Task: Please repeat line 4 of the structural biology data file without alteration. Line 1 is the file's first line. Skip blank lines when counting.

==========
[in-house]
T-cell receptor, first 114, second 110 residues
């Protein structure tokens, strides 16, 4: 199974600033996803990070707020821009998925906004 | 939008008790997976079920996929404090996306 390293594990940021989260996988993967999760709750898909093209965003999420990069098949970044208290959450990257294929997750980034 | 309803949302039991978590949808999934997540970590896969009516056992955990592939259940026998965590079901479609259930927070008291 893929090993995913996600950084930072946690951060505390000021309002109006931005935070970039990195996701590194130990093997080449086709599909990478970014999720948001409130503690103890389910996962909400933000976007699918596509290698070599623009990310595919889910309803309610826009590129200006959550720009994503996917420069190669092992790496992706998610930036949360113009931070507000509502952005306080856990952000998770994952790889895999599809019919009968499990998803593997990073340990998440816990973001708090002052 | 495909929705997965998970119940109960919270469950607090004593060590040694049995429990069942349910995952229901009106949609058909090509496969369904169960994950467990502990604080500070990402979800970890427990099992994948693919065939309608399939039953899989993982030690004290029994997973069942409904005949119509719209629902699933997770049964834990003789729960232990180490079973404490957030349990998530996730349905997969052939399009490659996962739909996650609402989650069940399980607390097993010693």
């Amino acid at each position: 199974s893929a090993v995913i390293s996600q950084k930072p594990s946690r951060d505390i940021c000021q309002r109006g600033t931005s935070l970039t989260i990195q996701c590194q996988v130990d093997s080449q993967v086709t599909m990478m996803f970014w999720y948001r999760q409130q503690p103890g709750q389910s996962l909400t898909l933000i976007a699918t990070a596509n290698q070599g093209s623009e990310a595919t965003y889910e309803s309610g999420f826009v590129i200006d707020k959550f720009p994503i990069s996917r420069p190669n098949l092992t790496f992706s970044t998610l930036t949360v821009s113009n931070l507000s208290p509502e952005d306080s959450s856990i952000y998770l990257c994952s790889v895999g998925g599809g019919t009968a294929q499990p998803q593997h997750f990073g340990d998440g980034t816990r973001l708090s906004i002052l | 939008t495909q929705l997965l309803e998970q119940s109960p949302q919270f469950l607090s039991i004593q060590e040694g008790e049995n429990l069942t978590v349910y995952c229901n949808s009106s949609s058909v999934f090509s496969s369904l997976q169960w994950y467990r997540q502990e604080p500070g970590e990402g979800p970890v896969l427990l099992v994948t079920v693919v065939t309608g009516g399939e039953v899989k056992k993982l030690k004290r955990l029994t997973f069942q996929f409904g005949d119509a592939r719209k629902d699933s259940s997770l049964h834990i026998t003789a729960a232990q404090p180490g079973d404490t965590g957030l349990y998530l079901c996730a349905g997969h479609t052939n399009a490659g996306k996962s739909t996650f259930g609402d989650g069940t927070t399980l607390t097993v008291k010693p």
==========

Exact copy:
């Amino acid at each position: 199974s893929a090993v995913i390293s996600q950084k930072p594990s946690r951060d505390i940021c000021q309002r109006g600033t931005s935070l970039t989260i990195q996701c590194q996988v130990d093997s080449q993967v086709t599909m990478m996803f970014w999720y948001r999760q409130q503690p103890g709750q389910s996962l909400t898909l933000i976007a699918t990070a596509n290698q070599g093209s623009e990310a595919t965003y889910e309803s309610g999420f826009v590129i200006d707020k959550f720009p994503i990069s996917r420069p190669n098949l092992t790496f992706s970044t998610l930036t949360v821009s113009n931070l507000s208290p509502e952005d306080s959450s856990i952000y998770l990257c994952s790889v895999g998925g599809g019919t009968a294929q499990p998803q593997h997750f990073g340990d998440g980034t816990r973001l708090s906004i002052l | 939008t495909q929705l997965l309803e998970q119940s109960p949302q919270f469950l607090s039991i004593q060590e040694g008790e049995n429990l069942t978590v349910y995952c229901n949808s009106s949609s058909v999934f090509s496969s369904l997976q169960w994950y467990r997540q502990e604080p500070g970590e990402g979800p970890v896969l427990l099992v994948t079920v693919v065939t309608g009516g399939e039953v899989k056992k993982l030690k004290r955990l029994t997973f069942q996929f409904g005949d119509a592939r719209k629902d699933s259940s997770l049964h834990i026998t003789a729960a232990q404090p180490g079973d404490t965590g957030l349990y998530l079901c996730a349905g997969h479609t052939n399009a490659g996306k996962s739909t996650f259930g609402d989650g069940t927070t399980l607390t097993v008291k010693p």